Cricket: Captain Sensible holding Warwickshire together: Paul Bolton talks to Tim Munton, whose broad shoulders have carried his side to the brink of a grand slam

Click to follow
The Independent Online
WARWICKSHIRE's pursuit of cricket's first Grand Slam has been greeted with disbelieving looks around the county circuit, but the success of a team of jobbing county professionals really should not come as a surprise. After all, they do have Captain Sensible in their ranks.

He is not a comic book super hero, nor the self-parodying punk rock singer, but Tim Munton, the twice capped England seam bowler, whose considered approach to life is often the butt of his team- mates' jokes.

Warwickshire have been without their main strike bowler, Allan Donald, because of South African tour commitments for the entire season and Paul Smith, Dermot Reeve and Gladstone Small have all missed sizeable chunks of it through injury.

Yet Munton has enjoyed his most productive summer with 81 Championship wickets and a further 26 in one-day competitions. In the Championship match against Hampshire at Edgbaston which finished yesterday, he also collected the 500th first-class wicket of his career.

Munton is also an important stabilising influence in an irreverently boisterous Edgbaston dressing room. He has captained the side with aplomb and to victory in eight out of nine Championship matches in charge, and his modest, unassuming approach is the antithesis of Reeve, who will be back at the helm at Lord's today.

'Tim and Dermot are like chalk and cheese,' Warwickshire's all- rounder, Paul Smith, said. 'One is an introvert, the other an extrovert, yet they have complemented each other perfectly.

'Tim has a great sense of fun but he often takes an ultra-sensible approach to humorous situations. Everything in his life seems to be so well ordered and tidy. He really is the original Captain Sensible.

'Even his wife Helen now calls him that. He's a very normal person involved in a profession where there are very few normal people. Tim would probably be more suited to being a bank manager than a medium-quick bowler.'

Or an estate agent, the profession Munton considered entering when Leicestershire, his native county, decided not to offer him a contract after a summer of second- team cricket in 1984.

Munton, now 29, entered a national Find a Fast Bowler competition, finished well down the field in the finals at Edgbaston but Warwickshire's then coach, Alan Oakman, saw rich potential and signed the youngster.

Over the past 10 seasons - much to Leicestershire's embarrassment - Munton has developed into a miserly bowler with masterful control of line and length, swing and seam. Although his unstinting efforts on Warwickshire's behalf has not even won him a place on this winter's England A tour, he is held in high esteem by his fellow professionals.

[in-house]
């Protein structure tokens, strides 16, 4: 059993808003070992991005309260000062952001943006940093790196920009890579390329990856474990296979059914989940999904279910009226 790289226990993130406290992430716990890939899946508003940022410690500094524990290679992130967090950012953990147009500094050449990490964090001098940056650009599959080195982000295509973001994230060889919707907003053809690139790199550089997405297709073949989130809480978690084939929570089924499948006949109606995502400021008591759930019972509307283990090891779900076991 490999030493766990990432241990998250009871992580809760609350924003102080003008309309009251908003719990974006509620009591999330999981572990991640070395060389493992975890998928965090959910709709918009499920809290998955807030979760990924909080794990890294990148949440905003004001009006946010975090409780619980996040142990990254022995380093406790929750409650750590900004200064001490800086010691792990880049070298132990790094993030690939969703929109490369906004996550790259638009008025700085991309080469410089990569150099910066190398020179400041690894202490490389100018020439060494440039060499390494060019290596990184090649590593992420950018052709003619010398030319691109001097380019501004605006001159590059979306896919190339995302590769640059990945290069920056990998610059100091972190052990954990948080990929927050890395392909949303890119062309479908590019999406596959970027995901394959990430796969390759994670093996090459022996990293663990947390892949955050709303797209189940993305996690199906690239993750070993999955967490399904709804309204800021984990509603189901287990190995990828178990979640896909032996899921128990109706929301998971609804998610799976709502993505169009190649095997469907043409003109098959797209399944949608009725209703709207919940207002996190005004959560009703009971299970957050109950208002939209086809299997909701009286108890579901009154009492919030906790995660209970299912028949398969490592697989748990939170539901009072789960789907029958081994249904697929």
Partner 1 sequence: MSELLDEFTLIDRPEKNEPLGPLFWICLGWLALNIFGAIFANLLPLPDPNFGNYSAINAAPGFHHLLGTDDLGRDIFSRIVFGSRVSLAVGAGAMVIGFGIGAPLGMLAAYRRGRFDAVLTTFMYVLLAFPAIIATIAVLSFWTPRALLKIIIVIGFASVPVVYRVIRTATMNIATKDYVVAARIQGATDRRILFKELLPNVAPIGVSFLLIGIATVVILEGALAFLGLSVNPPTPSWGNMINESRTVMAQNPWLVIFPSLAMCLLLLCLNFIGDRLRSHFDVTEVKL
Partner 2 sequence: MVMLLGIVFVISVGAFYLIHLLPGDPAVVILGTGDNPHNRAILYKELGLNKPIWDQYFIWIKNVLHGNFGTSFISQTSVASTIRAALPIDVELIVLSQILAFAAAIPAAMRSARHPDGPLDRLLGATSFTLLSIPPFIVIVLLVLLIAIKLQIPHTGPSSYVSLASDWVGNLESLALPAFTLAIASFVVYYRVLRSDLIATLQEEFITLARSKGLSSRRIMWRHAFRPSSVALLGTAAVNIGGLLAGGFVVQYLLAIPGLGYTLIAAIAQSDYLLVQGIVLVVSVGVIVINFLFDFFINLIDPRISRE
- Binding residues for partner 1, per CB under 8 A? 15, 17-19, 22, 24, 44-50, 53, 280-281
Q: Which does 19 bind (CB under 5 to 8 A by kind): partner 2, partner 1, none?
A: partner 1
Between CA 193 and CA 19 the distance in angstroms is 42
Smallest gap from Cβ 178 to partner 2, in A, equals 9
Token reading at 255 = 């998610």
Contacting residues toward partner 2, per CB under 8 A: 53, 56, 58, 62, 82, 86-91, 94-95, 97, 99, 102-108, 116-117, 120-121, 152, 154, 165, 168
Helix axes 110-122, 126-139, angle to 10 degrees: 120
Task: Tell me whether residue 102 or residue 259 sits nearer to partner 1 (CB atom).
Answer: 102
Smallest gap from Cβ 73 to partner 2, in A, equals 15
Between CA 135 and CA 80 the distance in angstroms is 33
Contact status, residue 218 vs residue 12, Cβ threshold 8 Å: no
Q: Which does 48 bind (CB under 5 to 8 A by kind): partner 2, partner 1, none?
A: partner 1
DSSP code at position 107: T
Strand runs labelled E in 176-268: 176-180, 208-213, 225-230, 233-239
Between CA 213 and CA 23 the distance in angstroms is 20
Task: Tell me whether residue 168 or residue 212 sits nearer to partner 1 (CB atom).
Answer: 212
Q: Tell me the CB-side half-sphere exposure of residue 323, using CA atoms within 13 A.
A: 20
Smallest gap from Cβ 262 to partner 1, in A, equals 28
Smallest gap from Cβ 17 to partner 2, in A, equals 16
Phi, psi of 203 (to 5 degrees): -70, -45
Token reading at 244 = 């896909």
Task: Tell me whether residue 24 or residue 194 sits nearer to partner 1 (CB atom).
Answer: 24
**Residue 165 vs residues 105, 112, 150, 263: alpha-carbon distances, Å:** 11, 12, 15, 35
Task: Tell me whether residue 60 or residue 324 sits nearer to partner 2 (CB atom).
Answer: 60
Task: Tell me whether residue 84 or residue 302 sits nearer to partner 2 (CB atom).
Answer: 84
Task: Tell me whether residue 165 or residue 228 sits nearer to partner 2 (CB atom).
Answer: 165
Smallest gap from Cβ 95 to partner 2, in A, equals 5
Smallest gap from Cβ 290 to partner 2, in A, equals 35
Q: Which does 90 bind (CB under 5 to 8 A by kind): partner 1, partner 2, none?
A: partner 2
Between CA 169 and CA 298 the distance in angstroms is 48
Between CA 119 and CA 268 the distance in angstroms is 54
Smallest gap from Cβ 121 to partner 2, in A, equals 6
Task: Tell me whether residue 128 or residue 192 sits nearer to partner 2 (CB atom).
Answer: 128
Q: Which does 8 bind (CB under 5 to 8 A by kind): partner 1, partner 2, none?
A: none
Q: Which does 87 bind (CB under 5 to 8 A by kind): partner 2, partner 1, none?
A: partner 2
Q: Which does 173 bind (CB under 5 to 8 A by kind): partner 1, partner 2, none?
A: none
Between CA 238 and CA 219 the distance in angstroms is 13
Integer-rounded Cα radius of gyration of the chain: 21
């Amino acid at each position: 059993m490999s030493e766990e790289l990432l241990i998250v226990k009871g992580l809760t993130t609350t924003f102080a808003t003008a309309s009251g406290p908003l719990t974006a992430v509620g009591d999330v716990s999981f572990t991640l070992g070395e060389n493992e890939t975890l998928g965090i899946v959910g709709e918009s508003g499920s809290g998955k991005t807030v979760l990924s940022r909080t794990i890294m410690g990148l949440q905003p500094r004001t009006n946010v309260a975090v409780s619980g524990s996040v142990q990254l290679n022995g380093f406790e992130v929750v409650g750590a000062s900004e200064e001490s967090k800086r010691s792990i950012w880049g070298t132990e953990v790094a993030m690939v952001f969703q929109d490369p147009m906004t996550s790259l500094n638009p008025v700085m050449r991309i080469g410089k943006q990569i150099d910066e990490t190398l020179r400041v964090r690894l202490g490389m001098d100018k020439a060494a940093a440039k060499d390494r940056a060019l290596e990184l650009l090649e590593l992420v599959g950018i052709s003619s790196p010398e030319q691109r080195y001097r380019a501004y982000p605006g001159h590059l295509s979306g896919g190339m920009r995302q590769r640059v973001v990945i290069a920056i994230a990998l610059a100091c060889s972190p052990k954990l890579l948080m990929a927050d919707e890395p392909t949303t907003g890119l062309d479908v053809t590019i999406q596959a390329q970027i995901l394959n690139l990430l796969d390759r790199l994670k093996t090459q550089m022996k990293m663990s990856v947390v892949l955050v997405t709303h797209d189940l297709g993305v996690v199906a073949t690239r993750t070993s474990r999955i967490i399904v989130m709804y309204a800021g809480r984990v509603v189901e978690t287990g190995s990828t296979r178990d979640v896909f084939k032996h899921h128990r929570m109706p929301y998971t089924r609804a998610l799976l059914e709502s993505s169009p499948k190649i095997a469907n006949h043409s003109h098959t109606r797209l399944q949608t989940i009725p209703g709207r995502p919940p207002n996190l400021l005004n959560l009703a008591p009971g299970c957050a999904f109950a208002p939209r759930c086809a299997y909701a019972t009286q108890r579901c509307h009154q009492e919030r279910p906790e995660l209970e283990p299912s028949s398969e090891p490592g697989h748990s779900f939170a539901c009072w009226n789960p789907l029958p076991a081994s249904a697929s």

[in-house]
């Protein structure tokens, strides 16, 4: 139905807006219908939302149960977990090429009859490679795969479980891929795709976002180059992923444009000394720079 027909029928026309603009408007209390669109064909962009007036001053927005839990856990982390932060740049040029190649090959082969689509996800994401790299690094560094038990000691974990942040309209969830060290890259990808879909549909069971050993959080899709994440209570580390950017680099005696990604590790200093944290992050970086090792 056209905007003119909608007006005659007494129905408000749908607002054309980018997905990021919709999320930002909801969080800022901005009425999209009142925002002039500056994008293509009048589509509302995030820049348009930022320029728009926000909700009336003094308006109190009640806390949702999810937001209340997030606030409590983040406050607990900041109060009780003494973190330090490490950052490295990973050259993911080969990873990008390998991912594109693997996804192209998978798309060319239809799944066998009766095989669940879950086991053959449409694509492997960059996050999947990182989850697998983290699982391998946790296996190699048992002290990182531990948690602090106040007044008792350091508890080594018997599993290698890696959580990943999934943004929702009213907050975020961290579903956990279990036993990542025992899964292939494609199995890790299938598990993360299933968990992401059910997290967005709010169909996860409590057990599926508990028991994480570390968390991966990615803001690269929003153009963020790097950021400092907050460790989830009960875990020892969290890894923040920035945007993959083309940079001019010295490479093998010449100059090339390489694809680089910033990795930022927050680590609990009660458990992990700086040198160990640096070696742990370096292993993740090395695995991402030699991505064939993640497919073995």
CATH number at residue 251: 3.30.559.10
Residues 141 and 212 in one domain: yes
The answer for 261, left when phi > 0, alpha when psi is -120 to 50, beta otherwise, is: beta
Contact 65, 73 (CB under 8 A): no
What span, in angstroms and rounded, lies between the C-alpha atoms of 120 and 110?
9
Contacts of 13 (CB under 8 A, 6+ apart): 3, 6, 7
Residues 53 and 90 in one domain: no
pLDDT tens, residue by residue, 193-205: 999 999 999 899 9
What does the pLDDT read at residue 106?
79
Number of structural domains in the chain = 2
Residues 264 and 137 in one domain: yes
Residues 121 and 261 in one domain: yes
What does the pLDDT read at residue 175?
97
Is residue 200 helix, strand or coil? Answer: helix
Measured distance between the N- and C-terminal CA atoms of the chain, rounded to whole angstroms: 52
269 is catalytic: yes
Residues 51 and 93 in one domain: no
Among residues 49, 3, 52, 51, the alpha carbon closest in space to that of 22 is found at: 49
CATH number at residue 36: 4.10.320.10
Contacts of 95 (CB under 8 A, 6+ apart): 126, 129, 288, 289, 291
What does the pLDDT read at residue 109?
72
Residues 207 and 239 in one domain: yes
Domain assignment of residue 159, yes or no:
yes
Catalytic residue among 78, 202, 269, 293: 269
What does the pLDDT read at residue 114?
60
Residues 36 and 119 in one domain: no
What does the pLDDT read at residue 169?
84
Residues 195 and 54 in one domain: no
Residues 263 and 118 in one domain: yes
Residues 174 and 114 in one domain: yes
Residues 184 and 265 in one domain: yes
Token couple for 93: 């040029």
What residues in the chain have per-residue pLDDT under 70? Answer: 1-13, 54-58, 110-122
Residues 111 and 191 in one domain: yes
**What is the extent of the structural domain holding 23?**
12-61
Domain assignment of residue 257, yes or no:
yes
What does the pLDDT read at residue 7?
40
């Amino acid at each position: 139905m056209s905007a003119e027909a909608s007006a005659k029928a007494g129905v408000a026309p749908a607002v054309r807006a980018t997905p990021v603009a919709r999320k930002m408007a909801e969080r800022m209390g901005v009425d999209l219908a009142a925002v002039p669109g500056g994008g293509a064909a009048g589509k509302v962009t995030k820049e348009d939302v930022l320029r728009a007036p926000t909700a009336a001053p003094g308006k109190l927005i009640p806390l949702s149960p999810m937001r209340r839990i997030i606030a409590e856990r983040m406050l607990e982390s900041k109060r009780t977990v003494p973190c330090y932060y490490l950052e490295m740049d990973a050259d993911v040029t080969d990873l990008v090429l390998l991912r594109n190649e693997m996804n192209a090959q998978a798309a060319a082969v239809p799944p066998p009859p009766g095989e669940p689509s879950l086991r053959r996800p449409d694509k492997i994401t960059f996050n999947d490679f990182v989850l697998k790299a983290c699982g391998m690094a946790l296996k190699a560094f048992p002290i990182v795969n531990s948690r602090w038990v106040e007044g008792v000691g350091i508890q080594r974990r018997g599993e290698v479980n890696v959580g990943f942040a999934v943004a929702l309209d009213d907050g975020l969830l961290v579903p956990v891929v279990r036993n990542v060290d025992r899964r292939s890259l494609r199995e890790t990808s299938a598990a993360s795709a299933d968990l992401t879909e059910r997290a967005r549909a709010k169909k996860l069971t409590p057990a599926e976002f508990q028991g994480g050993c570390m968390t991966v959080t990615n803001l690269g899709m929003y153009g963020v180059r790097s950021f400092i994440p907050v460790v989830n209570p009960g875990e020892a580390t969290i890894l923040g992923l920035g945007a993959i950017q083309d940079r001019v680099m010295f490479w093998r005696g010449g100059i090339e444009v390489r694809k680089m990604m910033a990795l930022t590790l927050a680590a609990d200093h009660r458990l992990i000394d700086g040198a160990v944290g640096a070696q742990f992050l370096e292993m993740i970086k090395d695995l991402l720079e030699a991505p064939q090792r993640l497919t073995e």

'If Tim had been selected by England this summer Warwickshire would have needed to find two bowlers to replace him,' said another team-mate, Andy Moles.

'He's played as a strike bowler when the wicket has suited him, if not he's been a stock bowler. When you look at the number of overs he gets through in a season and the distance he runs in to bowl each delivery, you can't praise the guy enough.'

Munton is reluctant to blow his own trumpet and is just happy to be taking wickets again after missing a third of last season with a hip injury. 'I probably missed as many games last season as I had in the previous eight years, which was very frustrating' he said.

'The injury cleared up with rest over the winter, but I also worked on improving my strength as well as stamina, knowing that I would probably have to double up as a strike bowler this season with Allan away.

'With Allan, Gladstone Small and Paul Smith taking wickets at the other end, my role had been one of keeping an end going and allowing the captain to rotate the attack at the other. But things have gone well this year. I've got into a nice rhythm and when that happens you feel good and a long spell doesn't take it out of you. I've probably bowled better this year than ever before, and I've been more positive and aggressive generally.'

Self-belief and the ability to learn from their few mistakes has been the recipe for Warwickshire's success this season, and Captain Sensible is always there to prevent any complacency.

The Benson and Hedges Cup and the County Championship are already in Warwickshire's once- dusty trophy cabinet. Today at Lord's they have the chance to retain the NatWest Trophy against Worcestershire, the first time the same two counties will have contested the finals of both knock-out competitions in the same season.

'We tried not to get too carried away about the Grand Slam too early, but now it is a real possibility and you cannot stop people talking about it,' Munton said. 'We know that Worcestershire will be looking to avenge their Benson and Hedges Cup defeat, and they beat us in the Sunday League in early August when they came from nowhere. We know that they are a side we cannot under-estimate and we cannot possibly afford to be complacent.'

(Photograph omitted)